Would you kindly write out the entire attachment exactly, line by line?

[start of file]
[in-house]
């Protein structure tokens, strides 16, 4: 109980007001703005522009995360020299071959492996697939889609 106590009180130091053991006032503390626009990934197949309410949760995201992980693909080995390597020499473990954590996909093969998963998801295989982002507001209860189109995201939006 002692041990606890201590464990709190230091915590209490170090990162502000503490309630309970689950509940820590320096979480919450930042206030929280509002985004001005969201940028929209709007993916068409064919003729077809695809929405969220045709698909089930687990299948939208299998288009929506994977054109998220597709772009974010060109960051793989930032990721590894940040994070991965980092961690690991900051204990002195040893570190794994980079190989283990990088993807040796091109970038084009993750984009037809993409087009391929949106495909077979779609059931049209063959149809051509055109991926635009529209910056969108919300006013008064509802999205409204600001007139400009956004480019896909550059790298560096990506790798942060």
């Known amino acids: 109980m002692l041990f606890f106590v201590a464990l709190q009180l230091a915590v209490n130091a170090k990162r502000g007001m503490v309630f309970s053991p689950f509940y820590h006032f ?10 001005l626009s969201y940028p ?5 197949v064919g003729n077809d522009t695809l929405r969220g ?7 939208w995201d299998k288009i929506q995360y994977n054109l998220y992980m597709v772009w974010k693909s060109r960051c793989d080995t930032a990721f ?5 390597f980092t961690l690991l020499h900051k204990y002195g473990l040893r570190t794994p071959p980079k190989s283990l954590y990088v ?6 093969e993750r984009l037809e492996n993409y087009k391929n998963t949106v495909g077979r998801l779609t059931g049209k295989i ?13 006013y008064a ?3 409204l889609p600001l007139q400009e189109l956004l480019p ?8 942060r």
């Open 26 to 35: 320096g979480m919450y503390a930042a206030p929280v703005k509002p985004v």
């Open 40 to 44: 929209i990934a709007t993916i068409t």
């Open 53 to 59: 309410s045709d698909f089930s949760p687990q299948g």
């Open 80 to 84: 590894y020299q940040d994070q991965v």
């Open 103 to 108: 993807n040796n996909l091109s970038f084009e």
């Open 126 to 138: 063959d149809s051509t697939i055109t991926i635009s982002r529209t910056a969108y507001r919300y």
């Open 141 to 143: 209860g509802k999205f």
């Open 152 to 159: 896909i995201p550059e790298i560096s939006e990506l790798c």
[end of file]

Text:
[in-house]
């Protein structure tokens, strides 16, 4: 109980007001703005522009995360020299071959492996697939889609 106590009180130091053991006032503390626009990934197949309410949760995201992980693909080995390597020499473990954590996909093969998963998801295989982002507001209860189109995201939006 002692041990606890201590464990709190230091915590209490170090990162502000503490309630309970689950509940820590320096979480919450930042206030929280509002985004001005969201940028929209709007993916068409064919003729077809695809929405969220045709698909089930687990299948939208299998288009929506994977054109998220597709772009974010060109960051793989930032990721590894940040994070991965980092961690690991900051204990002195040893570190794994980079190989283990990088993807040796091109970038084009993750984009037809993409087009391929949106495909077979779609059931049209063959149809051509055109991926635009529209910056969108919300006013008064509802999205409204600001007139400009956004480019896909550059790298560096990506790798942060």
């Known amino acids: 109980m002692l041990f606890f106590v201590a464990l709190q009180l230091a915590v209490n130091a170090k990162r502000g007001m503490v309630f309970s053991p689950f509940y820590h006032f ?10 001005l626009s969201y940028p ?5 197949v064919g003729n077809d522009t695809l929405r969220g ?7 939208w995201d299998k288009i929506q995360y994977n054109l998220y992980m597709v772009w974010k693909s060109r960051c793989d080995t930032a990721f ?5 390597f980092t961690l690991l020499h900051k204990y002195g473990l040893r570190t794994p071959p980079k190989s283990l954590y990088v ?6 093969e993750r984009l037809e492996n993409y087009k391929n998963t949106v495909g077979r998801l779609t059931g049209k295989i ?13 006013y008064a ?3 409204l889609p600001l007139q400009e189109l956004l480019p ?8 942060r």
């Open 26 to 35: 320096g979480m919450y503390a930042a206030p929280v703005k509002p985004v």
């Open 40 to 44: 929209i990934a709007t993916i068409t």
């Open 53 to 59: 309410s045709d698909f089930s949760p687990q299948g």
């Open 80 to 84: 590894y020299q940040d994070q991965v």
């Open 103 to 108: 993807n040796n996909l091109s970038f084009e």
């Open 126 to 138: 063959d149809s051509t697939i055109t991926i635009s982002r529209t910056a969108y507001r919300y």
């Open 141 to 143: 209860g509802k999205f």
């Open 152 to 159: 896909i995201p550059e790298i560096s939006e990506l790798c």